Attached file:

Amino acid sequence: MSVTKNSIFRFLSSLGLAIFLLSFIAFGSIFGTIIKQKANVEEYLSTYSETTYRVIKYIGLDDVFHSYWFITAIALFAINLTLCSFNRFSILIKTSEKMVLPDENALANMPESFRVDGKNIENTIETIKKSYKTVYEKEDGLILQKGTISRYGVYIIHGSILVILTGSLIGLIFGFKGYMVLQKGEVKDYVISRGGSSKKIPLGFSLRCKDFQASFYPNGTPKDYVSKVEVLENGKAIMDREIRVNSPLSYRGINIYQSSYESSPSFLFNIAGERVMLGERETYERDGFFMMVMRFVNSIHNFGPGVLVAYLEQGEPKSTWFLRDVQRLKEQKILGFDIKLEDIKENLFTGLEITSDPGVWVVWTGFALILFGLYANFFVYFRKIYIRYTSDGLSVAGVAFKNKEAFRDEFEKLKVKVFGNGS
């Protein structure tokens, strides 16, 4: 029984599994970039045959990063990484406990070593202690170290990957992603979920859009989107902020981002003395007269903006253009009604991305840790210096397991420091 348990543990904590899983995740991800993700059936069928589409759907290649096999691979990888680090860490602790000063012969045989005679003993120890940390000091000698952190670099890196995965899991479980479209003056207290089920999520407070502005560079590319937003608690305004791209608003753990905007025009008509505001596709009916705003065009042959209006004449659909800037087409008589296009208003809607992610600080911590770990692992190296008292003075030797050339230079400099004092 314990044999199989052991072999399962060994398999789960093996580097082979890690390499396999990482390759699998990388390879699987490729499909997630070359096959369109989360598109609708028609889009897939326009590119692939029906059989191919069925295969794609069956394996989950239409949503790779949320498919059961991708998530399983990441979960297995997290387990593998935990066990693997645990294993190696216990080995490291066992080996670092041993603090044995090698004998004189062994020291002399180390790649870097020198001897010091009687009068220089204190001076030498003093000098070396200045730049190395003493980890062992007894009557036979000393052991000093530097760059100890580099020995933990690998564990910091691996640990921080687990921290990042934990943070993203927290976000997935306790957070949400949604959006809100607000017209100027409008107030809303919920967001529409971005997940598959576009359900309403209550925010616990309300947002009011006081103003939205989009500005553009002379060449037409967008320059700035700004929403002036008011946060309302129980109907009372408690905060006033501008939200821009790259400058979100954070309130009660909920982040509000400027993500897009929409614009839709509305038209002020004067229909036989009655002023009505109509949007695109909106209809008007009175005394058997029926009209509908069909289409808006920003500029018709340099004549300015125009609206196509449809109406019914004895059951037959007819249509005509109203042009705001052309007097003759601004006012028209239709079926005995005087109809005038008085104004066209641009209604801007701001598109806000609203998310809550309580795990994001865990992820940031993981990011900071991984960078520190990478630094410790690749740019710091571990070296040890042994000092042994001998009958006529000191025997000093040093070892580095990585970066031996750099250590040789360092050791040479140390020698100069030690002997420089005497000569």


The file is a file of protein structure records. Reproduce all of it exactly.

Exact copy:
Amino acid sequence: MSVTKNSIFRFLSSLGLAIFLLSFIAFGSIFGTIIKQKANVEEYLSTYSETTYRVIKYIGLDDVFHSYWFITAIALFAINLTLCSFNRFSILIKTSEKMVLPDENALANMPESFRVDGKNIENTIETIKKSYKTVYEKEDGLILQKGTISRYGVYIIHGSILVILTGSLIGLIFGFKGYMVLQKGEVKDYVISRGGSSKKIPLGFSLRCKDFQASFYPNGTPKDYVSKVEVLENGKAIMDREIRVNSPLSYRGINIYQSSYESSPSFLFNIAGERVMLGERETYERDGFFMMVMRFVNSIHNFGPGVLVAYLEQGEPKSTWFLRDVQRLKEQKILGFDIKLEDIKENLFTGLEITSDPGVWVVWTGFALILFGLYANFFVYFRKIYIRYTSDGLSVAGVAFKNKEAFRDEFEKLKVKVFGNGS
């Protein structure tokens, strides 16, 4: 029984599994970039045959990063990484406990070593202690170290990957992603979920859009989107902020981002003395007269903006253009009604991305840790210096397991420091 348990543990904590899983995740991800993700059936069928589409759907290649096999691979990888680090860490602790000063012969045989005679003993120890940390000091000698952190670099890196995965899991479980479209003056207290089920999520407070502005560079590319937003608690305004791209608003753990905007025009008509505001596709009916705003065009042959209006004449659909800037087409008589296009208003809607992610600080911590770990692992190296008292003075030797050339230079400099004092 314990044999199989052991072999399962060994398999789960093996580097082979890690390499396999990482390759699998990388390879699987490729499909997630070359096959369109989360598109609708028609889009897939326009590119692939029906059989191919069925295969794609069956394996989950239409949503790779949320498919059961991708998530399983990441979960297995997290387990593998935990066990693997645990294993190696216990080995490291066992080996670092041993603090044995090698004998004189062994020291002399180390790649870097020198001897010091009687009068220089204190001076030498003093000098070396200045730049190395003493980890062992007894009557036979000393052991000093530097760059100890580099020995933990690998564990910091691996640990921080687990921290990042934990943070993203927290976000997935306790957070949400949604959006809100607000017209100027409008107030809303919920967001529409971005997940598959576009359900309403209550925010616990309300947002009011006081103003939205989009500005553009002379060449037409967008320059700035700004929403002036008011946060309302129980109907009372408690905060006033501008939200821009790259400058979100954070309130009660909920982040509000400027993500897009929409614009839709509305038209002020004067229909036989009655002023009505109509949007695109909106209809008007009175005394058997029926009209509908069909289409808006920003500029018709340099004549300015125009609206196509449809109406019914004895059951037959007819249509005509109203042009705001052309007097003759601004006012028209239709079926005995005087109809005038008085104004066209641009209604801007701001598109806000609203998310809550309580795990994001865990992820940031993981990011900071991984960078520190990478630094410790690749740019710091571990070296040890042994000092042994001998009958006529000191025997000093040093070892580095990585970066031996750099250590040789360092050791040479140390020698100069030690002997420089005497000569």